…The nineteenth century had been a century of empire-building: of exploration, conquest and great moral crusades, such as the suppression of the slave trade. The new century was a century of empire management: worthy, but dull. Imperialism had entered its prosaic age. The Victorians had celebrated their bellicosity in gleeful and unapologetically bloodthirsty terms appropriate to an age of Social Darwinist triumphalism. Many imperialists continued to nurse the same feelings in the 1930s. Across the white communities of the Empire, there were plenty of people who still adhered unembarrassedly to the view that the British race’s world-historical task was to rule other, less fortunate races – benevolently, to be sure, but with a firm hand, and with no complicating nonsense about one day transferring power from imperial master to native subject. In 1937 Churchill spoke unblushingly of the right of ‘a stronger race, a higher grade of race’ to replace other, lesser, peoples.28 Lord Halifax believed that there was nothing ‘unnatural nor immoral’ about the idea of superior and inferior races.29 Anthony Eden spoke of ‘reasserting white-race authority’ in East Asia.30

The problem was that such views were becoming increasingly impolite by the 1930s. And they were embarrassing at a time when the British government was trying to claim the moral high ground in its dealings with Hitler. There were some uncomfortable parallels between the blood-and-soil rhetoric of National Socialism and the language of Anglo-Saxon empire. Hitler had always lathered praise on the white supremacism that underpinned British rule in Africa and Asia. ‘The Englishman has always understood,’ he wrote in 1920, ‘that he must be master, and not brother.’31 When the Nazi court philosopher Alfred Rosenberg suggested in 1933 that Germany’s new anti-Semitic laws were not incompatible with Anglophone traditions because ‘the British Empire too is based on a racially defined claim of dominance’, he struck a sensitive nerve.32 The Canadian poet Wilfrid Campbell had proclaimed in 1914 that ‘to serve Empire and race’ was the ‘great thought, great hope and desire’. This had been received well enough at the time. By the 1930s it had started to sound a little too much like a quotation from Mein Kampf.33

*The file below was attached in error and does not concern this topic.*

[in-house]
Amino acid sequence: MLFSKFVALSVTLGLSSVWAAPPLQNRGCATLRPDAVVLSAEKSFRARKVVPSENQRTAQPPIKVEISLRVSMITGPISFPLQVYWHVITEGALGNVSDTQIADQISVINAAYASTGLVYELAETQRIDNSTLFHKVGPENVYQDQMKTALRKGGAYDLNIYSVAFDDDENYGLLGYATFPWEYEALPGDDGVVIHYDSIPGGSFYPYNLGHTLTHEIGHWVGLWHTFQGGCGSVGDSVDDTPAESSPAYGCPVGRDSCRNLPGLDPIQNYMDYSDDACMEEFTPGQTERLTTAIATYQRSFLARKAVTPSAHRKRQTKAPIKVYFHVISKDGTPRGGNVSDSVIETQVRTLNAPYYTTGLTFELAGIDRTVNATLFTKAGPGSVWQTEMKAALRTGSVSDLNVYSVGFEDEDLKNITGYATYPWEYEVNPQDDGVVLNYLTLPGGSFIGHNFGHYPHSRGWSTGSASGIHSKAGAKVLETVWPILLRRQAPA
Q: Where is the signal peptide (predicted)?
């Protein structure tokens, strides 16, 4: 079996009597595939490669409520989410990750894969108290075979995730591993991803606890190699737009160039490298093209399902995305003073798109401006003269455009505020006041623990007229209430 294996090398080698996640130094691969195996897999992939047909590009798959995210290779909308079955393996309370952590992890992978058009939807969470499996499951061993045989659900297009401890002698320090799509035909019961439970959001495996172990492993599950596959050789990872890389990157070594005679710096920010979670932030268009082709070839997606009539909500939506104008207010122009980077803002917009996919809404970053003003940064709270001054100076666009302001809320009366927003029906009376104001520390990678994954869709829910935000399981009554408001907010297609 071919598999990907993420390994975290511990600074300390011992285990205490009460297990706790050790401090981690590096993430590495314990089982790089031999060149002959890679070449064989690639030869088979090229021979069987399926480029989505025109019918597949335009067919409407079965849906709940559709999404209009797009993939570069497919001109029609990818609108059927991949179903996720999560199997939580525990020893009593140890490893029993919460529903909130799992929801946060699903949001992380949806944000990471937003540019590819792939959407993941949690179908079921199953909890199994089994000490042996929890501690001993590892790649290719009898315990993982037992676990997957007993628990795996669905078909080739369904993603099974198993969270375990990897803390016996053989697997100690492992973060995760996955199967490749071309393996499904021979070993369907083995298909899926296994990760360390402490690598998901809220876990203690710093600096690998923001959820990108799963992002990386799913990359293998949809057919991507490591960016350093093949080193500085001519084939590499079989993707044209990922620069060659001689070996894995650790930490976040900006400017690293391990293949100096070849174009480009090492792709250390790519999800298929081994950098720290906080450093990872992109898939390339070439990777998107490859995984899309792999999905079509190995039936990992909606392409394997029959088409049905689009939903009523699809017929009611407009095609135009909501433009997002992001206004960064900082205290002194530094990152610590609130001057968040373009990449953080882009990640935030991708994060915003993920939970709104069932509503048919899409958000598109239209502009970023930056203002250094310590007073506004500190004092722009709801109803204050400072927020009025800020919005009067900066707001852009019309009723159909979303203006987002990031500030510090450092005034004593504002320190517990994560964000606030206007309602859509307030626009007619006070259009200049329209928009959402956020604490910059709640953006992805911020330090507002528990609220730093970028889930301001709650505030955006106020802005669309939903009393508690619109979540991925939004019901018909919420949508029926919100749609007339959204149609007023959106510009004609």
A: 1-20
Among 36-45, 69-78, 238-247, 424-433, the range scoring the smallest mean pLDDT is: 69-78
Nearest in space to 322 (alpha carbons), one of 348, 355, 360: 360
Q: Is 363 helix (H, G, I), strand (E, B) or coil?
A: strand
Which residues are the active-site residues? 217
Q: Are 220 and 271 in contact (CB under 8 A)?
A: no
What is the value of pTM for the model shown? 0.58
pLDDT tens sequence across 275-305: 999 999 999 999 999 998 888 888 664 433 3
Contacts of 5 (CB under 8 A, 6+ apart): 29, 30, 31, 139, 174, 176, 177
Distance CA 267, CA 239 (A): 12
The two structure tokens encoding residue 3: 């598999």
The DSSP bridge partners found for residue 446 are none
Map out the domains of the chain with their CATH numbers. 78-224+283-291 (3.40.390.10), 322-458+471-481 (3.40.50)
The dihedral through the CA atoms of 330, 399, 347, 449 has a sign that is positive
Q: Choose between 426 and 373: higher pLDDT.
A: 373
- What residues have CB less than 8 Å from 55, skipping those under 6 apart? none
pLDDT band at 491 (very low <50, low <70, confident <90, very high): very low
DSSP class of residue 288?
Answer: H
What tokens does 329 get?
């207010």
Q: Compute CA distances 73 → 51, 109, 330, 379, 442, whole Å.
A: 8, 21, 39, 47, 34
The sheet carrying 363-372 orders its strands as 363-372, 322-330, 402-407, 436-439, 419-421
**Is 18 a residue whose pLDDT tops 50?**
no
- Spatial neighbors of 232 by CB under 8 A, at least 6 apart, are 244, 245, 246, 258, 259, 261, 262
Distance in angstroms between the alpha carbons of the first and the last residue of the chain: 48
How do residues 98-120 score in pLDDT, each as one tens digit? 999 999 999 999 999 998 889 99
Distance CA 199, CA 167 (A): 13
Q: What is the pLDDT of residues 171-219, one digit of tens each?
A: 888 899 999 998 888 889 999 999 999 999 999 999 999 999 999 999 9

…Empire by the 1930s had been rebranded to suit the age of Shire Folk: conquest and annexation were out, benign guardianship in. In an era in which the signature values had become the self-determination of peoples and international concord, it was necessary to think of the Empire as a mild and benevolent force in world affairs, a guarantor of progress and stability.35 It was to be understood as a kind of grand philanthropic gesture, distributing valuable knowledge (sacred and profane) and the benefits of industrial civilisation to the darkest and most benighted corners of the world – a mission school here, an irrigation scheme or institute of tropical medicine there.

Above all, the British Empire by the 1930s was an instrument of peace in a disorderly and unhappy world, ‘a great force for good,’ according to Baldwin.36 ‘Our business in the years to come,’ wrote historian Arthur Bryant, ‘is not so much to govern, as in the past, as to give the world a lead in the business of living wisely and peacefully and nobly.’37 And to educate its peoples towards happy and responsible self-government. Empire’s official mission statement was now to put itself out of business one day – even if that day was a long way off.

On the whole, the British people between the wars had no quarrel with this new way of thinking about their Empire. It suited their milder, more amiable conception of themselves. They rarely thought about Empire much at all. But in so far as they did think about it, most of them were convinced that it was a good thing, that its subject peoples were much the happier for its existence and that the rest of the world looked upon it – and them – with envy and admiration.38